Tbilisi was one of our drop points for packages, parts and spares, so I’d been given a contact by my friend Vlad with whom we could have things sent. Nino was perfectly happy for us to have our stuff sent to her, but by the time we’d arrived none of our stuff had and it wasn’t looking good. Not to be deterred, we went to a local bike shop that had some expertise in touring bikes – most of the bikes in Georgia are downhill or cross-country bikes due to the poor quality of the road – and we got a bit of a tune up. I picked up some spare brake pads in case the ones I’ve had sent to Nino’s don’t arrive and Ryan got some work done on his bike.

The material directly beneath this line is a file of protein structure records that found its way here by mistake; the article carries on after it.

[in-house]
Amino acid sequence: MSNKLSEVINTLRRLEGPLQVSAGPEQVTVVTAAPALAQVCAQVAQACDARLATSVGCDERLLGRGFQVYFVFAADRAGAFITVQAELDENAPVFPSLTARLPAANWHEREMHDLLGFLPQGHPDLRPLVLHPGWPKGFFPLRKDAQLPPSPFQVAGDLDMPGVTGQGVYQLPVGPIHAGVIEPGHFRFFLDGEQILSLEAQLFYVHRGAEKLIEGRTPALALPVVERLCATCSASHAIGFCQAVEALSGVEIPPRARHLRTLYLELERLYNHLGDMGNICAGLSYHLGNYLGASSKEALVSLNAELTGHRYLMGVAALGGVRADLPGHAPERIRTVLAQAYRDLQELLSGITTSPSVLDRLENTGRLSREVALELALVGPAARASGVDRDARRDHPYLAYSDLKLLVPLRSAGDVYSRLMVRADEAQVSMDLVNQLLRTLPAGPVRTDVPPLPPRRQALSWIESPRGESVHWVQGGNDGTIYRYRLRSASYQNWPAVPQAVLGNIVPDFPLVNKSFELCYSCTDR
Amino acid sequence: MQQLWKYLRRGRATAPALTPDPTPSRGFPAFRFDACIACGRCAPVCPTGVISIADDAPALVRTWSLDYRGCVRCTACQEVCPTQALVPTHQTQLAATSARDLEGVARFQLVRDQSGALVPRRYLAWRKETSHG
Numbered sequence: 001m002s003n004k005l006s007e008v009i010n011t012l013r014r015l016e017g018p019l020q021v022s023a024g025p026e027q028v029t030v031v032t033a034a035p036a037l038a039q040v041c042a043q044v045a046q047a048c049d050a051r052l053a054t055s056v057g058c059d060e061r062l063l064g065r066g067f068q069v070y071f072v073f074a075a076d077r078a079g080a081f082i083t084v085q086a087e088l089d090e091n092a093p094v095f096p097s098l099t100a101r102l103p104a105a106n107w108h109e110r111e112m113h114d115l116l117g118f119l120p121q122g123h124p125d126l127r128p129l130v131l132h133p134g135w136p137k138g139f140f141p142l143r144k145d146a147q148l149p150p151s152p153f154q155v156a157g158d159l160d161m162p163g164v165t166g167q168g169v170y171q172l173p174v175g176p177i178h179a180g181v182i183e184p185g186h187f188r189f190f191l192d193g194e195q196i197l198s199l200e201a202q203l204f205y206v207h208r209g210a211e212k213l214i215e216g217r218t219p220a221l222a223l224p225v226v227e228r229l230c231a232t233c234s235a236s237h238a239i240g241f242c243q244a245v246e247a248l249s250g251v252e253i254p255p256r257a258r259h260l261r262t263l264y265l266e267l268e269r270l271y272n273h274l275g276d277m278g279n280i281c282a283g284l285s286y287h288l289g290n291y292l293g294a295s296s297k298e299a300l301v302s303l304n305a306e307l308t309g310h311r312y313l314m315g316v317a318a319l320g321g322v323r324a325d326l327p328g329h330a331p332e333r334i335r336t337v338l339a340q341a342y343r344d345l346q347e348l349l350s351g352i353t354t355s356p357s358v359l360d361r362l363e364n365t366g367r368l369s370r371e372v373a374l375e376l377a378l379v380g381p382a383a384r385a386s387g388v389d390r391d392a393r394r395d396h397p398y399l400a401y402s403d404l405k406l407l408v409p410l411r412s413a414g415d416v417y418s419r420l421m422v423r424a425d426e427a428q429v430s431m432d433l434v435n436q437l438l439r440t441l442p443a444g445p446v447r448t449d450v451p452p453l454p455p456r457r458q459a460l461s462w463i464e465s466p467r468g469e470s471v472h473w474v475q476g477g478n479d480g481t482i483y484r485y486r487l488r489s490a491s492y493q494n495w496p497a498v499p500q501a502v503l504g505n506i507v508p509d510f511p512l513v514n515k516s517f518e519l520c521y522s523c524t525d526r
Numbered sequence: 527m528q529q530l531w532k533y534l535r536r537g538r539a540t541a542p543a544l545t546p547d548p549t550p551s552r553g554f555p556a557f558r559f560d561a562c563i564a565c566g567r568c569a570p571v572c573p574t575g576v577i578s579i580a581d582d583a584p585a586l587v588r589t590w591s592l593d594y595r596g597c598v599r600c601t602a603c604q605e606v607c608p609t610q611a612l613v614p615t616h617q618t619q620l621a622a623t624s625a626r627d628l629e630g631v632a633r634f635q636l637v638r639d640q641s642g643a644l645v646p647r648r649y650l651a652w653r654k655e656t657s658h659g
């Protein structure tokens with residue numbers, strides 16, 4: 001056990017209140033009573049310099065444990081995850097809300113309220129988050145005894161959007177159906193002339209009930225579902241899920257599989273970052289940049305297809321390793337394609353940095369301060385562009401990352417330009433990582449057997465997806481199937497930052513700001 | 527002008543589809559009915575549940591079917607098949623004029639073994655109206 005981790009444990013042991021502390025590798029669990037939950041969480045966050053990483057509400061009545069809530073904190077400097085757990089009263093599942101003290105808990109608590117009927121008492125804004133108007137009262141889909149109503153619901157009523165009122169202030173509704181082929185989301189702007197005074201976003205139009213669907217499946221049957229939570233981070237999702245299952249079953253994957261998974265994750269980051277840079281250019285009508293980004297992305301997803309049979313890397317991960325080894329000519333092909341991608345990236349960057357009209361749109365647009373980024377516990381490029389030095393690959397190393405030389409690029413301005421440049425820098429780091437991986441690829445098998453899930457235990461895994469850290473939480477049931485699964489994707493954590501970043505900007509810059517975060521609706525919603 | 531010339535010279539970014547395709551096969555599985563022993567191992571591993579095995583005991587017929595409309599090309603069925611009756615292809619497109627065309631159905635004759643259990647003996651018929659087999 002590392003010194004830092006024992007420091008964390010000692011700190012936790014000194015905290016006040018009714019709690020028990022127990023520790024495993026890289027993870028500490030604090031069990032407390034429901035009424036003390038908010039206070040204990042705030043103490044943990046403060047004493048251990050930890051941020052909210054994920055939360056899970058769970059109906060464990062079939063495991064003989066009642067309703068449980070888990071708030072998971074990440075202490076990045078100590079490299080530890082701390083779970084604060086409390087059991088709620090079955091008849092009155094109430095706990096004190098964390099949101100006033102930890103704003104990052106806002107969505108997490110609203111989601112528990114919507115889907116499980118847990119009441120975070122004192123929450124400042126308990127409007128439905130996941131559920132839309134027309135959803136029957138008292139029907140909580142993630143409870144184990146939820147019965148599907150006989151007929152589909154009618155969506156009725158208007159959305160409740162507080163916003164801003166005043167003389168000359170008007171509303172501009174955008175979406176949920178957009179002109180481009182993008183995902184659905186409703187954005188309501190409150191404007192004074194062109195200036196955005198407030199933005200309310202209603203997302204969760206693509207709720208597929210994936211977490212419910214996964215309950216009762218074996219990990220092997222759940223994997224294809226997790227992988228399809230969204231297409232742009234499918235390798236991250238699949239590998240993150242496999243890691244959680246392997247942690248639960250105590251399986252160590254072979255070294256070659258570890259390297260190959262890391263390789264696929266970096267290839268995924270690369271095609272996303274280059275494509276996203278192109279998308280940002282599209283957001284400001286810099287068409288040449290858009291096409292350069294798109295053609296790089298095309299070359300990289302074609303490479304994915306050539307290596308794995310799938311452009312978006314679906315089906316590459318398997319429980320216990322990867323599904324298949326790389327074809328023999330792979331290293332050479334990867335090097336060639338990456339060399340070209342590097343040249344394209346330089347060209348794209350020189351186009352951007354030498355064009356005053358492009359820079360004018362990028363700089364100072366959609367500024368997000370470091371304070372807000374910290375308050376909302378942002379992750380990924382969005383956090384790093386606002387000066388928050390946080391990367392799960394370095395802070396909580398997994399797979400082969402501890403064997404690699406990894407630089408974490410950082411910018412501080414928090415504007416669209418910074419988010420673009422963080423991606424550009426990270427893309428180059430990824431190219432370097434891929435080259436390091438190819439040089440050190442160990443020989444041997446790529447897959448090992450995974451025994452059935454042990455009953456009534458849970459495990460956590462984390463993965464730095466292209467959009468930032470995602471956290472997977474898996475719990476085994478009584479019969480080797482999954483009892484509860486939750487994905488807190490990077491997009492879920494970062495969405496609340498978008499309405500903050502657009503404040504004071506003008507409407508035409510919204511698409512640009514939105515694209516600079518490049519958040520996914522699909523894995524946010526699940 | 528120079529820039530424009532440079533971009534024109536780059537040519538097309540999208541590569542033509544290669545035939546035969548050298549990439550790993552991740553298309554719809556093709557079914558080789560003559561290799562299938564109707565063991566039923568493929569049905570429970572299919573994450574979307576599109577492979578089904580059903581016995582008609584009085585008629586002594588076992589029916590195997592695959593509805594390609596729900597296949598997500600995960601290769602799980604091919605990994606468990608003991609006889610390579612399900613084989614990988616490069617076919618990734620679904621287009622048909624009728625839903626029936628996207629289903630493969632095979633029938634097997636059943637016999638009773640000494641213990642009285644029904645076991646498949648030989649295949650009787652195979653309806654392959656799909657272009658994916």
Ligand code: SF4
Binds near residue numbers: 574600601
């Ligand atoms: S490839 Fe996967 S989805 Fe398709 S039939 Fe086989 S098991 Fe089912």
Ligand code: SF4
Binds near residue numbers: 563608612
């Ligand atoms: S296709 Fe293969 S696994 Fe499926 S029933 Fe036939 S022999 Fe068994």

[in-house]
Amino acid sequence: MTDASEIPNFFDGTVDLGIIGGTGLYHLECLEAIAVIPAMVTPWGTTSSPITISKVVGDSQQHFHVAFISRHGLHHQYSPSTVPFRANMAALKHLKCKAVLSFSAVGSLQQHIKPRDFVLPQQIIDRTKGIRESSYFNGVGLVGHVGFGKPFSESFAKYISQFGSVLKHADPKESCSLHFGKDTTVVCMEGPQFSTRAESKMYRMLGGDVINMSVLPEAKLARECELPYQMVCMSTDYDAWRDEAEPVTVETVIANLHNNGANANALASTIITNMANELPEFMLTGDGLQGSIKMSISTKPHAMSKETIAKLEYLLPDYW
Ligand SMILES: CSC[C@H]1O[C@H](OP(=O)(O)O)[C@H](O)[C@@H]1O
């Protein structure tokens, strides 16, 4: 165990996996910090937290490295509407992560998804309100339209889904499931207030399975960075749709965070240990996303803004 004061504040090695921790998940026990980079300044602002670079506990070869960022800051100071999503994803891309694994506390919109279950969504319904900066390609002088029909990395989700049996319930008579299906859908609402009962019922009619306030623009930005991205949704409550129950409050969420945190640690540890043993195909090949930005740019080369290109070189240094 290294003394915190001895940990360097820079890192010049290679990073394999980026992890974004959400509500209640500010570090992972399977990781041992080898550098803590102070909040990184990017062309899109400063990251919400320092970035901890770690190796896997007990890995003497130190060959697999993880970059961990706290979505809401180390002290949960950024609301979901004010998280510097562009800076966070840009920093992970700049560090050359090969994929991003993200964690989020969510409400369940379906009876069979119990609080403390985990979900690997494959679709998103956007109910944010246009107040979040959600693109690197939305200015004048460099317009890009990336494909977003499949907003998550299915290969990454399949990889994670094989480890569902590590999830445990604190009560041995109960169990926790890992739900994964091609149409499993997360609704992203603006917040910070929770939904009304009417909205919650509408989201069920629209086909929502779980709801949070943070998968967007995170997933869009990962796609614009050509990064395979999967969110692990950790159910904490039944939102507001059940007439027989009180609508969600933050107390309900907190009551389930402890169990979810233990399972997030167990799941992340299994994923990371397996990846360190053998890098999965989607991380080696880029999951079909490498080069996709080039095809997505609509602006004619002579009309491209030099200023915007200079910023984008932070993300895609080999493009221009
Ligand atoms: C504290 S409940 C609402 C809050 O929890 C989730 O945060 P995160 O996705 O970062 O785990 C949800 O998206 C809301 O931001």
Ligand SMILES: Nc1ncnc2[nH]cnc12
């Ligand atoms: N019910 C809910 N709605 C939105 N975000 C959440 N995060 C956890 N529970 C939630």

As we were waiting for our bikes to be looked over, we wandered around looking for some place to eat and stumbled into a Wendy’s, an American fast food chain, which was both disgusting and delicious in equal measures. Tbilisi has a lot of American fast food chains: Subway, Dunkin Donuts; Wendy’s; and the ubiquitous KFC, Burger King and McDonalds. I think this is because of the heavy presence of UN and NGO’s in Tbilisi, but I’m not really sure. After we got our bikes looked at we cycled through the streets of Tbilisi and went back to the hostel to rest.